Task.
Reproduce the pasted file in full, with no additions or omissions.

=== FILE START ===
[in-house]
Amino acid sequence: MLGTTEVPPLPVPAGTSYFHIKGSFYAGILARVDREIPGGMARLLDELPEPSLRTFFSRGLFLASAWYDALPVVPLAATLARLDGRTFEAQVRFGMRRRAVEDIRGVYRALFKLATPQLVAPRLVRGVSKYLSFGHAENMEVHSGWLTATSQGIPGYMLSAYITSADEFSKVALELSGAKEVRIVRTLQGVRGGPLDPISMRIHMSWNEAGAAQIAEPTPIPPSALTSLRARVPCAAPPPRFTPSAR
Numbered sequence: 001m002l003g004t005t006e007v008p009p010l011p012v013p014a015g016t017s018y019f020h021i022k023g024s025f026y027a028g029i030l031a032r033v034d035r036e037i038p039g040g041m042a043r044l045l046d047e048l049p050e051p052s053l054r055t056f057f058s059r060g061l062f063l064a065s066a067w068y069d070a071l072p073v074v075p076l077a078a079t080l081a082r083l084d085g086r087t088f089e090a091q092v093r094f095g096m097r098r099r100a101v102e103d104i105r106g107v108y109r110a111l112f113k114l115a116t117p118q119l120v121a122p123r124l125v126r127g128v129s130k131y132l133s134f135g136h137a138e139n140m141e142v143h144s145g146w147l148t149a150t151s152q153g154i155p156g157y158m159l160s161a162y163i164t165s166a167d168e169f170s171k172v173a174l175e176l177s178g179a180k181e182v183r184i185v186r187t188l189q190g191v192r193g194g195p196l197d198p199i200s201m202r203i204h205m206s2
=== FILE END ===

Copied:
[in-house]
Amino acid sequence: MLGTTEVPPLPVPAGTSYFHIKGSFYAGILARVDREIPGGMARLLDELPEPSLRTFFSRGLFLASAWYDALPVVPLAATLARLDGRTFEAQVRFGMRRRAVEDIRGVYRALFKLATPQLVAPRLVRGVSKYLSFGHAENMEVHSGWLTATSQGIPGYMLSAYITSADEFSKVALELSGAKEVRIVRTLQGVRGGPLDPISMRIHMSWNEAGAAQIAEPTPIPPSALTSLRARVPCAAPPPRFTPSAR
Numbered sequence: 001m002l003g004t005t006e007v008p009p010l011p012v013p014a015g016t017s018y019f020h021i022k023g024s025f026y027a028g029i030l031a032r033v034d035r036e037i038p039g040g041m042a043r044l045l046d047e048l049p050e051p052s053l054r055t056f057f058s059r060g061l062f063l064a065s066a067w068y069d070a071l072p073v074v075p076l077a078a079t080l081a082r083l084d085g086r087t088f089e090a091q092v093r094f095g096m097r098r099r100a101v102e103d104i105r106g107v108y109r110a111l112f113k114l115a116t117p118q119l120v121a122p123r124l125v126r127g128v129s130k131y132l133s134f135g136h137a138e139n140m141e142v143h144s145g146w147l148t149a150t151s152q153g154i155p156g157y158m159l160s161a162y163i164t165s166a167d168e169f170s171k172v173a174l175e176l177s178g179a180k181e182v183r184i185v186r187t188l189q190g191v192r193g194g195p196l197d198p199i200s201m202r203i204h205m206s2